Saturday, March 17, 2012

Michael Shermer on the Evolution of Fairness

Michael Shermer is the founder of the US-based Skeptics Society, and editor of the Skeptic, a magazine I have always enjoyed, being skeptically-minded on a good many things myself.

This is a short excerpt from a talk where Shermer discusses the evolution of our sense of fairness (curiously, Shermer describes himself as a libertarian).

Some comments:
(1) I have to say I find it unconvincing that all relations and exchanges must be analyzed in economic terms. Reciprocal gift exchange, for example, goes well beyond some crude economic transaction: it involves a wealth of social interactions and obligations. Economic transactions for thousands of years in many societies were deeply embedded in social life. But this is perhaps a minor criticism.

(2) Our species is about 200,000 years ago, and agriculture only emerged about 10,000 years ago. For most of our history (probably over 88% of it), we were nomadic hunter gatherers. Modern human psychology (which is partly and significantly caused by the evolved structure of the human brain) remains fundamentally the product of that evolution.

It is likely that the sense of “fairness” or even “entitlement” leading to the existence of common property (the ancient equivalent of public goods) or sharing the wealth (e.g., egalitarian food sharing practices amongst hunter gatherers) appears to be evolved in us as an advantage for survival. Hunter gatherer societies obviously had a degree of social coercion to enforce egalitarianism as well (to solve the free rider problem and to deal with the appearance of selfish impulses deemed unfair).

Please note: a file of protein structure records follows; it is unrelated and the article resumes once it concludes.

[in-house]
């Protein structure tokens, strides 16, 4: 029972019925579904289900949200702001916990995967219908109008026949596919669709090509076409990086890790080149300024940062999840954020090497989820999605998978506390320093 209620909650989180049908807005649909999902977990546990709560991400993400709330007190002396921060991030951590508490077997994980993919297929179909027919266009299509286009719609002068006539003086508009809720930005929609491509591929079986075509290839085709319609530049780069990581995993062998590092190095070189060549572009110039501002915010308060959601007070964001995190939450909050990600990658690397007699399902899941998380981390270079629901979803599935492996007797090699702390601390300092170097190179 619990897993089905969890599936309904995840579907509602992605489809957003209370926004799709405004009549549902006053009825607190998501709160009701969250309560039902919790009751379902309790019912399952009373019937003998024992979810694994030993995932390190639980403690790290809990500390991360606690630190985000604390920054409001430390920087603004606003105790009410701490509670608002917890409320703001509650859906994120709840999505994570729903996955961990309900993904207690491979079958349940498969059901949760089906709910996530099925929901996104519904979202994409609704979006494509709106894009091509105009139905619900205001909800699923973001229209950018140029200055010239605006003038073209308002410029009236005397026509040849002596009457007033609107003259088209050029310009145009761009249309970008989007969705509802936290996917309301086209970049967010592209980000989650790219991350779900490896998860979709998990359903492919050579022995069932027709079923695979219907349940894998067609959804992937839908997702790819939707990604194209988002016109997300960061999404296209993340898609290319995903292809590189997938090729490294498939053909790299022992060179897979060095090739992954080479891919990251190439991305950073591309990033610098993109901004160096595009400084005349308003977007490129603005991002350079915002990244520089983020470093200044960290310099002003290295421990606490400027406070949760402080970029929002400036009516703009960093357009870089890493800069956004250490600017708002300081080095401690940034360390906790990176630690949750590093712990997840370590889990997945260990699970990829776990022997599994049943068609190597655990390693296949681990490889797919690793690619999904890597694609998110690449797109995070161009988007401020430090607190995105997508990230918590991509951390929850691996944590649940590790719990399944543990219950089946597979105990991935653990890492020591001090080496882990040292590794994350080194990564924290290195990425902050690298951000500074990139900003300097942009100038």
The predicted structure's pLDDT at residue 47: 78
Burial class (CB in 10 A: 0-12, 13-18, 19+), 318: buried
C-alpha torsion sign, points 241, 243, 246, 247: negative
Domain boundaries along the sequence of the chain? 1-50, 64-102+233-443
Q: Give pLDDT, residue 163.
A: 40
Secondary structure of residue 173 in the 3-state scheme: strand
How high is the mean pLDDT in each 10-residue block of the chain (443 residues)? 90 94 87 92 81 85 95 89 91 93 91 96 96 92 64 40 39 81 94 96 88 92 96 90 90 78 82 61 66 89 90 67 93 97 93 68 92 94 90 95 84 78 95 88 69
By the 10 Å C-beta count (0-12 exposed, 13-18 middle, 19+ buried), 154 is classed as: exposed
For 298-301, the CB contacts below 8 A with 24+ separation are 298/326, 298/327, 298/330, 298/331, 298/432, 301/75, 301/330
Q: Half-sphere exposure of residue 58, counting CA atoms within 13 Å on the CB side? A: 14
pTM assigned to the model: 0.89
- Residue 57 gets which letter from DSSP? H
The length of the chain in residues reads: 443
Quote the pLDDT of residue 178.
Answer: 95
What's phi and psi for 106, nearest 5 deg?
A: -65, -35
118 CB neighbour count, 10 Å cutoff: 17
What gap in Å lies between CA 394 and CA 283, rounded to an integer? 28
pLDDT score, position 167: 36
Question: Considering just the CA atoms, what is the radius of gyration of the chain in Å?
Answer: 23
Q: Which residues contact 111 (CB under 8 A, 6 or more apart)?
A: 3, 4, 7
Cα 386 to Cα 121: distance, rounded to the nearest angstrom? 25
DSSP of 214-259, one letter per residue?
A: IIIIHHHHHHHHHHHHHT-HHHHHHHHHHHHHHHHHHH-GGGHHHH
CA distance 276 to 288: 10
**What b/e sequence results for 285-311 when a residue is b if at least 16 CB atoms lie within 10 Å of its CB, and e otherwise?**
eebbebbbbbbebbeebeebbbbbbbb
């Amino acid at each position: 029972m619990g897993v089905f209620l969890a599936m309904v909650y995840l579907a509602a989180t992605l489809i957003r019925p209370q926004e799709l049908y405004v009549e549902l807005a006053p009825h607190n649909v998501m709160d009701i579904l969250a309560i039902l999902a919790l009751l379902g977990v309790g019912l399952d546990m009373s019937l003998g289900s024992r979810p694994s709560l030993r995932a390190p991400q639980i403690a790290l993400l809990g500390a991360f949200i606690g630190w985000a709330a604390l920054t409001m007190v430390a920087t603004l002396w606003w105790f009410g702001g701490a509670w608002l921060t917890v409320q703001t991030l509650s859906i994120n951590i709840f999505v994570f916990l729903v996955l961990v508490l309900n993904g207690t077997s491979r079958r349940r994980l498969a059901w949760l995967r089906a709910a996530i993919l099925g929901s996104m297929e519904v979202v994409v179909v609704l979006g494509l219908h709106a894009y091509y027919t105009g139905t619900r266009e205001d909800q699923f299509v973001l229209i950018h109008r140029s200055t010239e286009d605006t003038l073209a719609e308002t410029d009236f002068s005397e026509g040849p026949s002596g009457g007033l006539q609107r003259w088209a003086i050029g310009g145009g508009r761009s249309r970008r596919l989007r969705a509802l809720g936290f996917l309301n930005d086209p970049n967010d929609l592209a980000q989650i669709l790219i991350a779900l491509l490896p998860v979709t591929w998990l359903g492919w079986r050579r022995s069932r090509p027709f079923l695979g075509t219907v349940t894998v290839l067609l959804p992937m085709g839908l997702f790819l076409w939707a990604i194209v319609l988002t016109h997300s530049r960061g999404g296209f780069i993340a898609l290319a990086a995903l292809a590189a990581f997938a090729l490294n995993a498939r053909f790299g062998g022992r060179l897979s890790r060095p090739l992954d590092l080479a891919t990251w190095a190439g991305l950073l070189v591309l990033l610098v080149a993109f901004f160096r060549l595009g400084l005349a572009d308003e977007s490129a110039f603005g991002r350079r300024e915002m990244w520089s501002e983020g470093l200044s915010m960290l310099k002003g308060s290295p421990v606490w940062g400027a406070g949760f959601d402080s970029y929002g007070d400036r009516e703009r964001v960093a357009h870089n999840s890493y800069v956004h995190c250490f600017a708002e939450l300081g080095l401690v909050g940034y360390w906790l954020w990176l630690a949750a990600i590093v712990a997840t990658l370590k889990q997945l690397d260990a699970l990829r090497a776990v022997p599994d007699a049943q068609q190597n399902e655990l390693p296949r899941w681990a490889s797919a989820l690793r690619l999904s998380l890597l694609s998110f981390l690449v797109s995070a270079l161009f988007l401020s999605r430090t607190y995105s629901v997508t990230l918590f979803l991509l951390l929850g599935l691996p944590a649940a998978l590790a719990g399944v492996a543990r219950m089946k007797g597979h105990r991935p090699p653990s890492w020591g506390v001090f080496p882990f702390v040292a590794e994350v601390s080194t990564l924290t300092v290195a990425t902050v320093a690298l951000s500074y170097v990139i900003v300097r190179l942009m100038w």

The desire to “spread the wealth” is not some alien, wicked propensity caused by “evil” governments: it is in our psychology, the psychology of egalitarian, food-sharing hunter gatherers.

This has consequences: most of the social and economic positions held by virtually all forms of libertarianism would appear to me to be unnatural (if one can use that word) to most people, and go against the deeply ingrained, evolutionary and psychological traits that many humans have. The belief that the rich cannot be made to give up some of their wealth to provide for humans unable to find work on the market or any private charity would, I contend, find few supporters. Yet it is a requirement of natural-rights based libertarianism that there is nothing immoral about allowing the deaths of humans unable to find work on the market or unable to obtain private, voluntary charity. The mass “conversion” of people to libertarian or Austrian philosophy (and the elimination of all taxes, public goods, government provided social security) is about as likely as the disappearance of the widespread human fear of snakes, which also seems to have an evolutionary and psychological basis.

(3) I do not wish to ignore the role of culture, or suggest some vulgar genetic determinism (which I personally find distasteful) here, of course. Human psychology is the complex interaction of genes and environment. There are exceptions to general genetically-influenced psychological traits. Culture can have a very significant role in shaping behaviour, attitudes and preferences.